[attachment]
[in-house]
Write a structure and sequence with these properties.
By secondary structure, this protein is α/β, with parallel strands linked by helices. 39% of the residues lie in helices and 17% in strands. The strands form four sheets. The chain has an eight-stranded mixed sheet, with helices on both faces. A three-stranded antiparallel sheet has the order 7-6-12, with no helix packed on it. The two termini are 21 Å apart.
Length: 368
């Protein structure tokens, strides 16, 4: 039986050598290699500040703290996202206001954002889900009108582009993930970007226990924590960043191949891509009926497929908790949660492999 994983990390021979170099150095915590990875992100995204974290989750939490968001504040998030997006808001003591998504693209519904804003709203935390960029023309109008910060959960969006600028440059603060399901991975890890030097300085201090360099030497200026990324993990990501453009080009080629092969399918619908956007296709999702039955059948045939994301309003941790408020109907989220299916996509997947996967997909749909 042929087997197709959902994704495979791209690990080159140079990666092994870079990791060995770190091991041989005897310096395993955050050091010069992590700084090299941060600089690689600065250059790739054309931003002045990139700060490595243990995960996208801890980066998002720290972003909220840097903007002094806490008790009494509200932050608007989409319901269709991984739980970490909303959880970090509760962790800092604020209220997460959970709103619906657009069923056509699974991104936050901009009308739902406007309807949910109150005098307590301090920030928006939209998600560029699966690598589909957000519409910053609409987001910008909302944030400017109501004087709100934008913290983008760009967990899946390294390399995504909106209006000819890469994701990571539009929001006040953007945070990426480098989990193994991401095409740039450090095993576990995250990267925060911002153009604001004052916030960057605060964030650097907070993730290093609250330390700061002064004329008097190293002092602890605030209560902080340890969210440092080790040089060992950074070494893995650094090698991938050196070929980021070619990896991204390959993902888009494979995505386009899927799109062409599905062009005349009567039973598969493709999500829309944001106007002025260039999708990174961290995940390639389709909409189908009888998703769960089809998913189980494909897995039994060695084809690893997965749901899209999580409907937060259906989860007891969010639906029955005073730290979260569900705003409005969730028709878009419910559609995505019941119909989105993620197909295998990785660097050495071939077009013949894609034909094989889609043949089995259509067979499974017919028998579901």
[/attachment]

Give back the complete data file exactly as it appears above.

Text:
[in-house]
Write a structure and sequence with these properties.
By secondary structure, this protein is α/β, with parallel strands linked by helices. 39% of the residues lie in helices and 17% in strands. The strands form four sheets. The chain has an eight-stranded mixed sheet, with helices on both faces. A three-stranded antiparallel sheet has the order 7-6-12, with no helix packed on it. The two termini are 21 Å apart.
Length: 368
């Protein structure tokens, strides 16, 4: 039986050598290699500040703290996202206001954002889900009108582009993930970007226990924590960043191949891509009926497929908790949660492999 994983990390021979170099150095915590990875992100995204974290989750939490968001504040998030997006808001003591998504693209519904804003709203935390960029023309109008910060959960969006600028440059603060399901991975890890030097300085201090360099030497200026990324993990990501453009080009080629092969399918619908956007296709999702039955059948045939994301309003941790408020109907989220299916996509997947996967997909749909 042929087997197709959902994704495979791209690990080159140079990666092994870079990791060995770190091991041989005897310096395993955050050091010069992590700084090299941060600089690689600065250059790739054309931003002045990139700060490595243990995960996208801890980066998002720290972003909220840097903007002094806490008790009494509200932050608007989409319901269709991984739980970490909303959880970090509760962790800092604020209220997460959970709103619906657009069923056509699974991104936050901009009308739902406007309807949910109150005098307590301090920030928006939209998600560029699966690598589909957000519409910053609409987001910008909302944030400017109501004087709100934008913290983008760009967990899946390294390399995504909106209006000819890469994701990571539009929001006040953007945070990426480098989990193994991401095409740039450090095993576990995250990267925060911002153009604001004052916030960057605060964030650097907070993730290093609250330390700061002064004329008097190293002092602890605030209560902080340890969210440092080790040089060992950074070494893995650094090698991938050196070929980021070619990896991204390959993902888009494979995505386009899927799109062409599905062009005349009567039973598969493709999500829309944001106007002025260039999708990174961290995940390639389709909409189908009888998703769960089809998913189980494909897995039994060695084809690893997965749901899209999580409907937060259906989860007891969010639906029955005073730290979260569900705003409005969730028709878009419910559609995505019941119909989105993620197909295998990785660097050495071939077009013949894609034909094989889609043949089995259509067979499974017919028998579901």